We hear the same trope time and time again — you need to do cardio, and lots of it, to burn those calories and drop excess pounds. If you’re into strength training and weight lifting, you probably know by now that overdoing cardio, especially running, isn’t the best way to get fit and lose weight.
But did you know that running can also damage your joints and your face? This may come as a shock, especially if you run to stay in shape and look your best. But, sadly for runners, spending too much time pounding the pavement may actually contribute to early aging. Here’s how:
There are some positives to running, one of them being the “runner’s high” that some people experience after a long run. This endorphin rush makes you feel happy and can inspire you to keep pushing to run longer and longer distances.
But chasing the runner’s high could actually do you more harm than good. When you run, especially on pavement, the impact of your feet hitting the ground puts a lot of stress on your body. While an occasional jog is okay, your body has a threshold of how much running it can handle before the stress becomes too much and can negatively affect your health. Experts think that things start to take a turn when you hit the 12-19 miles per week mark.
It’s true that over-exercising is problematic no matter what workout you’re doing. But running is notorious for its impact on bone density. If you surpass 12-19 miles per week, you run the risk of decreasing your bone density, which leads to problems like osteoporosis. If you want to build your bone density during your workouts instead of lowering it, hang up the running shoes and start strength training.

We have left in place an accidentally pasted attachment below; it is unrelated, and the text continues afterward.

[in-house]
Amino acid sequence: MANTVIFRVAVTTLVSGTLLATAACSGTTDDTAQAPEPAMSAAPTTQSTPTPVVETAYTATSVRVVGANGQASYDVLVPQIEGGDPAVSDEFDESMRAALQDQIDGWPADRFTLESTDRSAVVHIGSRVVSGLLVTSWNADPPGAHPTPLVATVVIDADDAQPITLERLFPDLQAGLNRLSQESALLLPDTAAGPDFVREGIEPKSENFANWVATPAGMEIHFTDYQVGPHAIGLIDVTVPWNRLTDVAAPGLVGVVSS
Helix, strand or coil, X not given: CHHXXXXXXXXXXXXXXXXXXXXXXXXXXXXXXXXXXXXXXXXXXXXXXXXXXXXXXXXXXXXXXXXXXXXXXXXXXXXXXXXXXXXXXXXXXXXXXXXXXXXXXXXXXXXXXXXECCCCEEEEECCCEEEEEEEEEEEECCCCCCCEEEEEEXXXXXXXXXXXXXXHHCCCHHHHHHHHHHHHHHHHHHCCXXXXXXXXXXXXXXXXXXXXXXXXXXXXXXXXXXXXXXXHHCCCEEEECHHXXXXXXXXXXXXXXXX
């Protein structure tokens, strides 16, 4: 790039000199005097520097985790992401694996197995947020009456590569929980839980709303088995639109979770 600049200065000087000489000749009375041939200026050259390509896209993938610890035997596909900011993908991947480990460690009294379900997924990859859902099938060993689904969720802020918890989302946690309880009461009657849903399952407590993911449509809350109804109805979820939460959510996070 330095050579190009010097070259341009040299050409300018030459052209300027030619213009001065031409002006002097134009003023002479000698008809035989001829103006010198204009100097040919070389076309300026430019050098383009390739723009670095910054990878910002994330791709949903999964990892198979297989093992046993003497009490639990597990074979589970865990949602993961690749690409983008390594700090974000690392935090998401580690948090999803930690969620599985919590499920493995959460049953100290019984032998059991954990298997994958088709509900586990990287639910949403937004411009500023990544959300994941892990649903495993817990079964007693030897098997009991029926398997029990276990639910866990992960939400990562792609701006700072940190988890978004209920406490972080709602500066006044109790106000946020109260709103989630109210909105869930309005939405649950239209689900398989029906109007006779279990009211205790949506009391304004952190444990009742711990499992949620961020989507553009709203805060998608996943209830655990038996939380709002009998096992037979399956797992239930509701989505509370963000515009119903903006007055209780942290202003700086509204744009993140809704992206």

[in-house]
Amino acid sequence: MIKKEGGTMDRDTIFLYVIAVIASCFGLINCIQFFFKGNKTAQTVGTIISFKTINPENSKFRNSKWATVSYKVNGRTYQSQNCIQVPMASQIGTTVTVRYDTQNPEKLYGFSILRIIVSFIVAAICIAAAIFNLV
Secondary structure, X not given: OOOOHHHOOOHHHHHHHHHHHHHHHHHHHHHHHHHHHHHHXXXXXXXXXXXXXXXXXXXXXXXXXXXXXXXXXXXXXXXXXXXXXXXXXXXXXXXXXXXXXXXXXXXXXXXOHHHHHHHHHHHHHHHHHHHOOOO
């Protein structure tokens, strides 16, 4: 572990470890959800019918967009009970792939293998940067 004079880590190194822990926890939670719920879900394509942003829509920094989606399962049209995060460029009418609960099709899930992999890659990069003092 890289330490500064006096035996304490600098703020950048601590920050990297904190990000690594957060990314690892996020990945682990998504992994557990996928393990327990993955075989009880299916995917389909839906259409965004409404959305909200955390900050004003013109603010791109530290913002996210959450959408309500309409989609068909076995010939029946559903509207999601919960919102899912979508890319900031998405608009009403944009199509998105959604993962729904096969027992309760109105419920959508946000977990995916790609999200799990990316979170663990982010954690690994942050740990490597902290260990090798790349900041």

Runner’s face is a lesser-known side effect of excessive running. It refers to the negative effect that running can have on your skin’s elasticity. In other words, running can cause your face to sag. That’s because running can increase free radical damage, which in turn causes damage to your skin’s collagen and elastin, according to Dr. Annet King.
If you’re a casual runner, you’re probably safe from runner’s face. But if you’re going out for very long runs, it’s probably time to scale back a bit if you want your skin to maintain its elasticity for as long as possible and reap the anti-aging benefits that come with fitness and exercise.
Anyone who’s gone for a long run, attend a tough spin class, or participated in any other cardio-intense workout can probably relate to the increased hunger you feel after one of those workouts. Some would go as far to call it hanger.
It’s natural to feel especially hungry after doing cardio, and probably reach for unhealthier food, too. After suffering through an hour on the treadmill, who really wants to eat a plain salad or steamed veggies and baked chicken? You feel like you deserve a reward for that miserable workout! But this instinct to load up on calories after a cardio workout can actually derail your fitness and weight loss goals. In addition to canceling out the calories you just burned, eating unhealthy food, especially sugar, can damage your skin’s collagen.
The Workout that Keeps You Looking Your Best
If you’re still focusing your workouts on cardio, it’s time to switch things up.
At QuickHIT Fitness Labs, we use a high-intensity training method that works your muscles and cardiovascular system, without causing any of the negative side effects of running. If you’ve worked out with us before, you know the QuickHIT Fitness Lab difference. Unlike the gym routines you’re used to, we focus on slow movements that work your muscles to failure each time. This allows you to both improve your body composition and get your heart pumping, without having to pound the pavement.